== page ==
Growers fret as Mexico moves to legalize marijuana

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A farmer works in a marijuana field in the mountains surrounding Badiraguato, Sinaloa state, Mexico, Tuesday, April 6, 2021. In Mexico, the marijuana legalization effort is generating uncertainty among families that have cultivated the crop for generations, with many fearing that prices they are paid will continue to drop and what capos will do when faced with a new legal business. (AP Photo/Eduardo Verdugo)

BADIRAGUATO – For the first time that María can remember, half of her marijuana harvest is still in storage on her ranch in Mexico’s Sinaloa state months after it should have been sold.

Sitting in her wooden house tucked into the same mountains that produced some of the world’s most notorious drug traffickers, including Joaquín “El Chapo” Guzmán, the 44-year-old mother of four thinks she knows why: expectations Mexico will soon legalize marijuana.

“It has never happened to us where we harvest and have it (stored) in sacks,” said María, who asked that her full name not be used and her exact location not be revealed because in the mountains surrounding Badiraguato, where organized crime controls everything, misspeaking can be dangerous.

Mexican legislation awaiting final Senate approval, which now may not come before September, would legalize pot production and sale for recreational use while creating a private market regulated by the government. Medicinal use is already legal.

The effort has generated uncertainty among families who have cultivated the crop for generations and throughout the trade. Growers expect the price of marijuana to drop further and think their trade will become economically unfeasible. They say in the past five years, the price they get has been halved. Everyone is waiting to see how the drug capos will respond to a new legal business. Meanwhile, half of María's crop sits unsold.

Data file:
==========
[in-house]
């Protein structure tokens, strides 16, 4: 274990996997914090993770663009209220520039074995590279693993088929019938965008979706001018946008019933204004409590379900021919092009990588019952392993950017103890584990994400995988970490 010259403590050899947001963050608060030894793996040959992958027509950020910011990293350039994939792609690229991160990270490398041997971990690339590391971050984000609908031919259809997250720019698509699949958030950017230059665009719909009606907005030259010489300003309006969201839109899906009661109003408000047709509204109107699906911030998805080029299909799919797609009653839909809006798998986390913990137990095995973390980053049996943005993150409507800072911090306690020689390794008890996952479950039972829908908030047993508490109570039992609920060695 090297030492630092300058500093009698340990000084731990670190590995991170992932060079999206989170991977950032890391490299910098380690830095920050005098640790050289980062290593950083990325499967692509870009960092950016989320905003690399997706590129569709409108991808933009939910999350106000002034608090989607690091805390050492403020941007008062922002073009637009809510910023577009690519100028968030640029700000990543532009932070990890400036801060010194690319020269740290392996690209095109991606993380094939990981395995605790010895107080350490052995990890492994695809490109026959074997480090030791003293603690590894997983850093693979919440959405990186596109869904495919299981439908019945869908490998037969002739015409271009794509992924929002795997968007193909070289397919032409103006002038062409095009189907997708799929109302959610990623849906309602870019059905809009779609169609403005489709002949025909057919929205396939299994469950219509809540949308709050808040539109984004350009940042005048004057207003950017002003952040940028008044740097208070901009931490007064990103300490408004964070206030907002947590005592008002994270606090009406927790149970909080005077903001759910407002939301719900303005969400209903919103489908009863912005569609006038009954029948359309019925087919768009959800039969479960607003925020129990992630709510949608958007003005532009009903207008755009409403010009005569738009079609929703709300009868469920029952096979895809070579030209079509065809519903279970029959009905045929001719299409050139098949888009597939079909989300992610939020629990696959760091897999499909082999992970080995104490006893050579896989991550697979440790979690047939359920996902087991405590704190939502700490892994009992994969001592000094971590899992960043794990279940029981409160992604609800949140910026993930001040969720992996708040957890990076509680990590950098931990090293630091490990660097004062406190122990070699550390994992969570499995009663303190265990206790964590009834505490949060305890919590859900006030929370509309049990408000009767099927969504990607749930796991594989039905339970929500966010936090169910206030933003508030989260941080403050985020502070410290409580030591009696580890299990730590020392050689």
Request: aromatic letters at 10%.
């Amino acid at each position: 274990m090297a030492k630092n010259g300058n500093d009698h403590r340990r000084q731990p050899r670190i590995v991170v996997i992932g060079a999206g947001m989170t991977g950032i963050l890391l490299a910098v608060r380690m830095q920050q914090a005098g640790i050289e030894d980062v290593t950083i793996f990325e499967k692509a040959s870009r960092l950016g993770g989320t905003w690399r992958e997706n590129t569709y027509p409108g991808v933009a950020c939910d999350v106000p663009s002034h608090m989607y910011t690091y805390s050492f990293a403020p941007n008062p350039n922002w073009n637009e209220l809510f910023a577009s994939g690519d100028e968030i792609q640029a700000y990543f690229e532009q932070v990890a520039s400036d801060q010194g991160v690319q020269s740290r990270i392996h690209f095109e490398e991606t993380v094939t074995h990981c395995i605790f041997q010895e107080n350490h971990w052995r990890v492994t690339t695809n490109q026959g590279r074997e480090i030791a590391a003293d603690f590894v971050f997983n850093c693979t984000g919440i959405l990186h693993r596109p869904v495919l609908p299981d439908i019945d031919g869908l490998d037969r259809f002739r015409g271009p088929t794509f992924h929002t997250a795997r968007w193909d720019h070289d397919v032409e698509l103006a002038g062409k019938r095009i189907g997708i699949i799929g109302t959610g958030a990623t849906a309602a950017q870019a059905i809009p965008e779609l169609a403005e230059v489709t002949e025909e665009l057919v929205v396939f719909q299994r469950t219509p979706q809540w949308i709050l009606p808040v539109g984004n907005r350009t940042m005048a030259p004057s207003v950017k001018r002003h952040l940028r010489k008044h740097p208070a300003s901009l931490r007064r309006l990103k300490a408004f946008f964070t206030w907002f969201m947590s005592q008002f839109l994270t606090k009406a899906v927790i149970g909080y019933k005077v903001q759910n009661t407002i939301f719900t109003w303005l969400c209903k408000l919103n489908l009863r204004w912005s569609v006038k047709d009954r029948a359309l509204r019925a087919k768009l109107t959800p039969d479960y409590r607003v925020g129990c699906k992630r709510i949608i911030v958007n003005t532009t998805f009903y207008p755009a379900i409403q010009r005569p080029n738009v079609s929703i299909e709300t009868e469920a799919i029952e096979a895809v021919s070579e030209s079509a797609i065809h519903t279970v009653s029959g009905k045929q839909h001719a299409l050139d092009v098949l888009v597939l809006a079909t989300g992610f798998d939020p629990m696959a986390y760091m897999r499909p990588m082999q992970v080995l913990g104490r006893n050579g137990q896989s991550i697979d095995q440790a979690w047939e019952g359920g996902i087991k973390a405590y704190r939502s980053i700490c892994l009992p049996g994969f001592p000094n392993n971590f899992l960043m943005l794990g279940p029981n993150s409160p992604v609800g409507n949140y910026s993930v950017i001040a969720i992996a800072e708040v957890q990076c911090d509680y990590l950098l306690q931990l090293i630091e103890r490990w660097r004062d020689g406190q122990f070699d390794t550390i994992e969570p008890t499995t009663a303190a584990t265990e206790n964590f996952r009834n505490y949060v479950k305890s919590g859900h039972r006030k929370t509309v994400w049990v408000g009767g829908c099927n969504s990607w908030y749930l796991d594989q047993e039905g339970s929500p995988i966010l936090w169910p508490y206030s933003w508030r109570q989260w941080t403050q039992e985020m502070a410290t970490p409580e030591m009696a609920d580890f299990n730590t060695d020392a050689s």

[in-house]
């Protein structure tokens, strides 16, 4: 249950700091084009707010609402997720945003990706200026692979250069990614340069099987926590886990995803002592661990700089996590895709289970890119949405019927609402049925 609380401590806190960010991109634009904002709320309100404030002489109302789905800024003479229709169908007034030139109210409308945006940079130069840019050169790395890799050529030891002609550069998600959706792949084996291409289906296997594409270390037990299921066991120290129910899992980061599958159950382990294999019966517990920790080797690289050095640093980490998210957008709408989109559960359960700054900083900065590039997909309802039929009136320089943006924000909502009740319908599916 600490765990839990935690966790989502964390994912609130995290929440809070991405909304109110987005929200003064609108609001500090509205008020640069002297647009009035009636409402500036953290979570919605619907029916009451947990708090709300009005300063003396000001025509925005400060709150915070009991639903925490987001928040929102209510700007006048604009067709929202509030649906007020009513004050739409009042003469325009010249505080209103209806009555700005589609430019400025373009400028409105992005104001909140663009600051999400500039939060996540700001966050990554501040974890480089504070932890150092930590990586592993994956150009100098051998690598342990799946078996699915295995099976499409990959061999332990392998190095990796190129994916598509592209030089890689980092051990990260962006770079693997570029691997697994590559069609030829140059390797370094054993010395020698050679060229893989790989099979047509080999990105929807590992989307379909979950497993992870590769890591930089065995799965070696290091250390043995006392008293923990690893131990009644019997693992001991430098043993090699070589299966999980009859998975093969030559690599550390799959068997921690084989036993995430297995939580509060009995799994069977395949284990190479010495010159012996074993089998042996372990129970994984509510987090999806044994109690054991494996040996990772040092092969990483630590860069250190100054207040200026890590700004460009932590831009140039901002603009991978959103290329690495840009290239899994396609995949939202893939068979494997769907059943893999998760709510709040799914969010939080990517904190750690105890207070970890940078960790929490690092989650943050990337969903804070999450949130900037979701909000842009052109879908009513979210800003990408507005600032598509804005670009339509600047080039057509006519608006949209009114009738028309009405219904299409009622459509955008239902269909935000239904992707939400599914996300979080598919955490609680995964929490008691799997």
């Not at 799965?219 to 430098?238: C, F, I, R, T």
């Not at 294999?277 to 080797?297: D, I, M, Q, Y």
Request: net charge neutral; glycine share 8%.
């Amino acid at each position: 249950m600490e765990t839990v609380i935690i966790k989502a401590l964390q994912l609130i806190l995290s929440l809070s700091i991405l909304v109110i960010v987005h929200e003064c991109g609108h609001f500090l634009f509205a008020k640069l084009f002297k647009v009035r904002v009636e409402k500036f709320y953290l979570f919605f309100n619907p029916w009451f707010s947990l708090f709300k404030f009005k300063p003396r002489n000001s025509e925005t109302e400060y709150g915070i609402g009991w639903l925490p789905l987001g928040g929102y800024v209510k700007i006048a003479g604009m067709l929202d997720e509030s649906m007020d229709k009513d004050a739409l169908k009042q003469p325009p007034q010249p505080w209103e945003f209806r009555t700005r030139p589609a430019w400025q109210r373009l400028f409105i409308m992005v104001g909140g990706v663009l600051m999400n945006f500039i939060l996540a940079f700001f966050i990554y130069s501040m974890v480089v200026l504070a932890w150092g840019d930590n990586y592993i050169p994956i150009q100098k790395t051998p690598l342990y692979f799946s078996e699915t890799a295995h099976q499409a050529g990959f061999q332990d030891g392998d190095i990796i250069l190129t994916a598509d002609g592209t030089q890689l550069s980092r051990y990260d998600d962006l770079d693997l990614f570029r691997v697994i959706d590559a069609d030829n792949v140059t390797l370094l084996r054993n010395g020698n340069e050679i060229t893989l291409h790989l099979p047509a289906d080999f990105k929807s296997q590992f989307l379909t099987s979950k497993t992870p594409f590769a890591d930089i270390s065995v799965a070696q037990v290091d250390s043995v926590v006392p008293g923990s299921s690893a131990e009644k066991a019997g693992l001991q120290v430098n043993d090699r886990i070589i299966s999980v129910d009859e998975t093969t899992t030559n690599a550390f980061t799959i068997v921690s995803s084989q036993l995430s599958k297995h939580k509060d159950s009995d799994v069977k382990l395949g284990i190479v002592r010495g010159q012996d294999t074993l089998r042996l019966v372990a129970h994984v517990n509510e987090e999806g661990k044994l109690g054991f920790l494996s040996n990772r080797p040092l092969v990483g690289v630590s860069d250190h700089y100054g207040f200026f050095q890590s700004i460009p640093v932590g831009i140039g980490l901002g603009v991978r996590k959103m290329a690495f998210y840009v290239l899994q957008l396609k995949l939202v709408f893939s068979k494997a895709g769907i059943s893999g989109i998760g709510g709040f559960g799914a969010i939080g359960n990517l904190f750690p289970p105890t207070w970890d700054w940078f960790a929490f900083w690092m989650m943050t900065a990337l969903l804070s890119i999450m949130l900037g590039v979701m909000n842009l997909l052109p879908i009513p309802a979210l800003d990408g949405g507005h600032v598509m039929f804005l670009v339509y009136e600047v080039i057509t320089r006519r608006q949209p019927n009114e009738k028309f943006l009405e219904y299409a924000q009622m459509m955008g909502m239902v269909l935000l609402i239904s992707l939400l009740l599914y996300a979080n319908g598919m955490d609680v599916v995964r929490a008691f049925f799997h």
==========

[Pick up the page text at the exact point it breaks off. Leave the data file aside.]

Marijuana has become less lucrative each day compared to the cartels’ revenue from synthetic drugs like fentanyl. Demand and the price for pot fell when several states in the U.S. legalized it, though Mexico is still the top foreign supplier to U.S. consumers, according to a recent report by the U.S. Drug Enforcement Administration.

Here in Sinaloa’s mountains, some farmers have stopped growing marijuana. Others are focusing on higher-quality strains that fetch a higher price or they continue to grow it, but along with opium poppies, hoping at least one of them will keep them afloat.

María has been working between the tall leafy plants since she was 16 and says she even fell in love among them. At her house, surrounded by fruit trees and chickens, the family doesn’t lack food, but the income from marijuana pays for everything else over the course of the year, from clothing to cellphones to her children’s schooling. Her eldest just got his degree in computer science.